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Debt-Free Strategy:

Balance Transfers

Part 1

Many credit card companies offer sign-on bonuses for consumers looking to transfer a balance from an existing card to a new one.  These deals may give you the opportunity to pay off, or at least shrink, your total debt without worrying about high interest accumulation.


There are some limitations to balance transfers, though:


  • They only really work for credit card debt.
  • Oftentimes, a one-time fee will be applied to any incoming balance transfers.
  • After any promotional periods, the interest rate on a balance transfer will increase based on your credit report.  This rate is often equal to or higher than the purchase interest rate on the card.
  • If you have a significant amount of credit card debt, you may not be able to consolidate all of this debt onto one card.


If any of these factors are a turn-off for you, or if the majority of your debt is not on a credit card, we suggest skipping ahead to the next section on Personal Loans.  If you think a balance transfer is a good place to start eliminating your debt, let’s get started.  


You’ll need the most recent statement balance, the APR, and the issuing bank for each of your credit cards.  These can all be found on a copy of your statement, but you may also be able to find them through your online account or by calling your credit card company.  We’ve included a worksheet on the next page for you, or you can make note of this information in a secure document or notebook.  


Your Statement Balances

You will want to note the total statement balance, but if you also have cash advances or promotional rates (such as an introductory 0% interest rate that is still active) you will want to section each of these balances off before we get to the next step.  As stated above, all of this information can be found on your account statement, and most credit card companies will section off each section’s balance toward the bottom of your statement.   


Your APRs

Again, you will want to write down the APRs for each individual section.  Keep these numbers together, as we will be referencing which balance has which APR in the future.


Your Issuing Bank

The issuing bank is the actual organization that manages your credit card account – sometimes this information is hard to find, especially for retailer credit cards.  For instance, Comenity Bank issues credit cards for Victoria’s Secret, GameStop, Gander Mountain, and dozens of other retailers.  You will need to know this because you can only transfer a balance to a different bank than the one currently managing it.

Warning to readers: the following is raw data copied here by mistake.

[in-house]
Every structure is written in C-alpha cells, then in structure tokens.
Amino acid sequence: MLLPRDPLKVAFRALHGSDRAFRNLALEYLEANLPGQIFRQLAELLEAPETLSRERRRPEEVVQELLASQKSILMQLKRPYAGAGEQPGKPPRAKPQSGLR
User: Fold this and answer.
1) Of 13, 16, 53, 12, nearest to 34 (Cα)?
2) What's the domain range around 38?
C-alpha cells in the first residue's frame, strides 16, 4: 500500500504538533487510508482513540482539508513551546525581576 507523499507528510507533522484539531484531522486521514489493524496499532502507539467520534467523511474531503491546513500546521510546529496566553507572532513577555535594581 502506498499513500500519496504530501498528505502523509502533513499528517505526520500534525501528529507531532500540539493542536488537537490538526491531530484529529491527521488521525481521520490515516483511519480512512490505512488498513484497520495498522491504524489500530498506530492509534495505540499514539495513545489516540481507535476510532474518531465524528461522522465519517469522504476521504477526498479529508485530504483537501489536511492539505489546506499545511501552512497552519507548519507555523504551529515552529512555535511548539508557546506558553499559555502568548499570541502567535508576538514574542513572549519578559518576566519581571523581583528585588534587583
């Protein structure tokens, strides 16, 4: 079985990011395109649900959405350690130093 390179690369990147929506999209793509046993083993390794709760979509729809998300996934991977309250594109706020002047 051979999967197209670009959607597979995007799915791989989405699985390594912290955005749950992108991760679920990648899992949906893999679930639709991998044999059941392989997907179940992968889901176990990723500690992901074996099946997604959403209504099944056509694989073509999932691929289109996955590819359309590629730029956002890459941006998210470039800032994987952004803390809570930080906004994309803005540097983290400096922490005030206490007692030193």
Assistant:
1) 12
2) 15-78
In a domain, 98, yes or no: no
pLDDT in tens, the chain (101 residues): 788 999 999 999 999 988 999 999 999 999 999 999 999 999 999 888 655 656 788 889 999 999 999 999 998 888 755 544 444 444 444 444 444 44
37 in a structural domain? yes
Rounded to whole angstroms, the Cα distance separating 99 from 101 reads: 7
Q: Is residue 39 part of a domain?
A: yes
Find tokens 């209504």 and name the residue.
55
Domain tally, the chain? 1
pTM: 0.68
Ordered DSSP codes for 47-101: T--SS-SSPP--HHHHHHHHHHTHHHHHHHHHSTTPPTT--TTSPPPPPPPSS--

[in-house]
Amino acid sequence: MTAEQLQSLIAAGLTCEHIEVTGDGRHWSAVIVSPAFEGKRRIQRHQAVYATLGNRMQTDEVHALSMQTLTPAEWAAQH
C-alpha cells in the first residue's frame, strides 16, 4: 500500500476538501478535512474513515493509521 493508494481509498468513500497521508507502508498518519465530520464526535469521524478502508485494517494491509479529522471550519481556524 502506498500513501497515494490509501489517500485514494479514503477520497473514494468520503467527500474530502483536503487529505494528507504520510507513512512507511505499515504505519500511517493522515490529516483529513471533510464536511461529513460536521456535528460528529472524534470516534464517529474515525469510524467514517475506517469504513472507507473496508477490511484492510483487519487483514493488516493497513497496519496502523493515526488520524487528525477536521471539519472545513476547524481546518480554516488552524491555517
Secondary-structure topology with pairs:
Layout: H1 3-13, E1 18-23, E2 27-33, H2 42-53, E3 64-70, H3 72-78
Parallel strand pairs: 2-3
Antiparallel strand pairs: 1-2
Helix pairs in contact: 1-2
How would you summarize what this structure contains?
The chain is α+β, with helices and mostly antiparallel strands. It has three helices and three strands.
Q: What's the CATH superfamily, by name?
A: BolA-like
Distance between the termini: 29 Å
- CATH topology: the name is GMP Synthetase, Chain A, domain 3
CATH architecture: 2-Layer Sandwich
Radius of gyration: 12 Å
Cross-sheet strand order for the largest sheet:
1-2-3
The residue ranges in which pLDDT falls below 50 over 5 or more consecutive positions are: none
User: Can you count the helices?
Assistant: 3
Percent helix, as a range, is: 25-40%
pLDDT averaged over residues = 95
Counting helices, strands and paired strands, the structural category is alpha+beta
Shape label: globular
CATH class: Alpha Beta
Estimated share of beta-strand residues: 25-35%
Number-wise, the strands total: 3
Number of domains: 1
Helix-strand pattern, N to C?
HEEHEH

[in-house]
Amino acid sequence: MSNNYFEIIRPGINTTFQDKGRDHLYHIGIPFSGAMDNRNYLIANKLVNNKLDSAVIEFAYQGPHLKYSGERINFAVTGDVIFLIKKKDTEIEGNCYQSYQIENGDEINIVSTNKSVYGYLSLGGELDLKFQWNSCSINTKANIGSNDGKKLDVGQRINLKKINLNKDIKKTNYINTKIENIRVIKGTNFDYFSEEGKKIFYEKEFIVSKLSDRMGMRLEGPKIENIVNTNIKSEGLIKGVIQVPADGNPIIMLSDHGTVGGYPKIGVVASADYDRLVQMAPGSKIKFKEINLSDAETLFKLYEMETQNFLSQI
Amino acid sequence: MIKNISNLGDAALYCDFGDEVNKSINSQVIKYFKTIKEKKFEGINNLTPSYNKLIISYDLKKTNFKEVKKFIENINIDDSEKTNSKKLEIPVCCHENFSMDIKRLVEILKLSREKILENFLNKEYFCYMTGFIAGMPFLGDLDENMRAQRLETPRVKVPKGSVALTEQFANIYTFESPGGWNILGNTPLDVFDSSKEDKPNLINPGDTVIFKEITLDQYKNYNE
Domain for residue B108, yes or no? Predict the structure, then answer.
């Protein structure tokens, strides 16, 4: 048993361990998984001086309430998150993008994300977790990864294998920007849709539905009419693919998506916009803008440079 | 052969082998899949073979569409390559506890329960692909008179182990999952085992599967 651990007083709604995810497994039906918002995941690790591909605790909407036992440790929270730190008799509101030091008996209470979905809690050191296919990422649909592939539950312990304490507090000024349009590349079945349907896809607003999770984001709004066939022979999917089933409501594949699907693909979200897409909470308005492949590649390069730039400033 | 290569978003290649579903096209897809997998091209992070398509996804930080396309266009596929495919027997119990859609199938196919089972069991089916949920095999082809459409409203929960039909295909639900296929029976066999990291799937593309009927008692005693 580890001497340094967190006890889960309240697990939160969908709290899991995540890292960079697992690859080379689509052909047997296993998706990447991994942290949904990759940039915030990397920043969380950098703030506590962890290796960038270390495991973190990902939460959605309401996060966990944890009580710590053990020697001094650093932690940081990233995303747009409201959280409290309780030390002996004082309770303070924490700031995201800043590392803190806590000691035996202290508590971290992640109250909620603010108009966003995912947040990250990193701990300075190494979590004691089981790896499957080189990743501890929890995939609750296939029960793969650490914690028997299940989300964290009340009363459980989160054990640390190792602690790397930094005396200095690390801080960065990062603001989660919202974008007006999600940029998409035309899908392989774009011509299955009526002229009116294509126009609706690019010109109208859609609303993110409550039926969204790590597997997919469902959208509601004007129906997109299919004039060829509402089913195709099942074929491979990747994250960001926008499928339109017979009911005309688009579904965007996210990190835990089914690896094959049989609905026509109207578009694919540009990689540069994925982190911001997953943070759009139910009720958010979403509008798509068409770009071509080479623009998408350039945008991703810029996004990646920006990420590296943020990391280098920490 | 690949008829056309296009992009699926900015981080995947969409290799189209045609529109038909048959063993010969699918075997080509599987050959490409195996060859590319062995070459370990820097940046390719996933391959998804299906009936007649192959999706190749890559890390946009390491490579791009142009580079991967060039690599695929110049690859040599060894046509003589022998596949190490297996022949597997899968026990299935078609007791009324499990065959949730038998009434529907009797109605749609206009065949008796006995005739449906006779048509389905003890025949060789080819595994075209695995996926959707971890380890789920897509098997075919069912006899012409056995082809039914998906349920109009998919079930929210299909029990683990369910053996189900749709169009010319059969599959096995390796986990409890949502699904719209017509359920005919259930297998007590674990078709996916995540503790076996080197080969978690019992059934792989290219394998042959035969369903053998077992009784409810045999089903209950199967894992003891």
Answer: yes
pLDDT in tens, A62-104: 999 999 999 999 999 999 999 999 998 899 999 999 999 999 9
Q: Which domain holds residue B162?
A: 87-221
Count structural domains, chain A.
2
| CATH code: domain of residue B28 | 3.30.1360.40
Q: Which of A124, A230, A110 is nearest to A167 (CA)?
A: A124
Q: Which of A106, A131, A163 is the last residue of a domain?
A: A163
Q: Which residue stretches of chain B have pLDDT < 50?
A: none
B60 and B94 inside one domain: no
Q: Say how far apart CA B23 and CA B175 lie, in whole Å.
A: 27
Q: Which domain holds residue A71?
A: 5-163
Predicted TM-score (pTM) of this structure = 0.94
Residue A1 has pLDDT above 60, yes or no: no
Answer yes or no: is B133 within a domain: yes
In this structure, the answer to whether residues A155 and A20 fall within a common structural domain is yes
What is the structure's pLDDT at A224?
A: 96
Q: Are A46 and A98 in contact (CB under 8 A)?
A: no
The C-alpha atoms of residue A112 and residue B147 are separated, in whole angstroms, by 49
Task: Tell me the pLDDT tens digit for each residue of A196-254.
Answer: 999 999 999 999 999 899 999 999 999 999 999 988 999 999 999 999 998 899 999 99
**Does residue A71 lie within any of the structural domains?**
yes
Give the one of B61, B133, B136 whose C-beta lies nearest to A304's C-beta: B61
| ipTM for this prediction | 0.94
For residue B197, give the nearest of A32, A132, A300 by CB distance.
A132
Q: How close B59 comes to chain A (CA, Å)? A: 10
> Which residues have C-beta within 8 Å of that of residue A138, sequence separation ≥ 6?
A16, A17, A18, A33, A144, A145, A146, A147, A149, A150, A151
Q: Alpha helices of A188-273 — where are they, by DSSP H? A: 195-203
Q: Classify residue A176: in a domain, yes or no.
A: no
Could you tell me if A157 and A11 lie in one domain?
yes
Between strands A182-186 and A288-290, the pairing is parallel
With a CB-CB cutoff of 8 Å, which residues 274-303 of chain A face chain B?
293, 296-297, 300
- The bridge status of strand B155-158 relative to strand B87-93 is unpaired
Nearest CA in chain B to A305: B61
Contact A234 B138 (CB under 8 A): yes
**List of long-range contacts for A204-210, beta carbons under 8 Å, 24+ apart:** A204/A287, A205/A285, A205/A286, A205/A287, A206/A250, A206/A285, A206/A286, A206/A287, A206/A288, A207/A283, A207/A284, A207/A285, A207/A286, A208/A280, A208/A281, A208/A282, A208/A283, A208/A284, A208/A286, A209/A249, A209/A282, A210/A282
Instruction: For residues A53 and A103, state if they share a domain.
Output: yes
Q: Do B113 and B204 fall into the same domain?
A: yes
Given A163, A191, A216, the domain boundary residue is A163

Now that we have all of this information laid out in front of us, let’s talk about strategy.


  1. Compile a list of good balance transfer cards, looking at promotional deals, balance transfer fees, and interest rates after the promotional period is over.  Be sure to note if you already have debt with a given bank.  You can find reviews of the best balance transfer cards at WalletPath.com.
  2. Begin applying to these cards, starting with the best offers.  As long as you aren’t planning to apply for a mortgage or auto loan in the near future, don’t stress about the hard inquiries right now.      
  3. Once you have been approved for a card, begin by transferring the balance with the highest interest to this new card.  If you did not receive a high enough credit limit on this first card to transfer your entire debt, continue applying.  
  4. Continue working your way down from your highest interest balance to your lowest.  Remember if you have any balances at 0% there is no point in transferring them at this time.
  5. Do not charge any purchases to these new cards.  This step is very important!

Now that you have successfully completed your balance transfer(s) you can continue to our section on Paying Down Your Debt to learn the best strategies for getting rid of these balances all together.


Want to read this later? Download this guide as a PDF or eBook.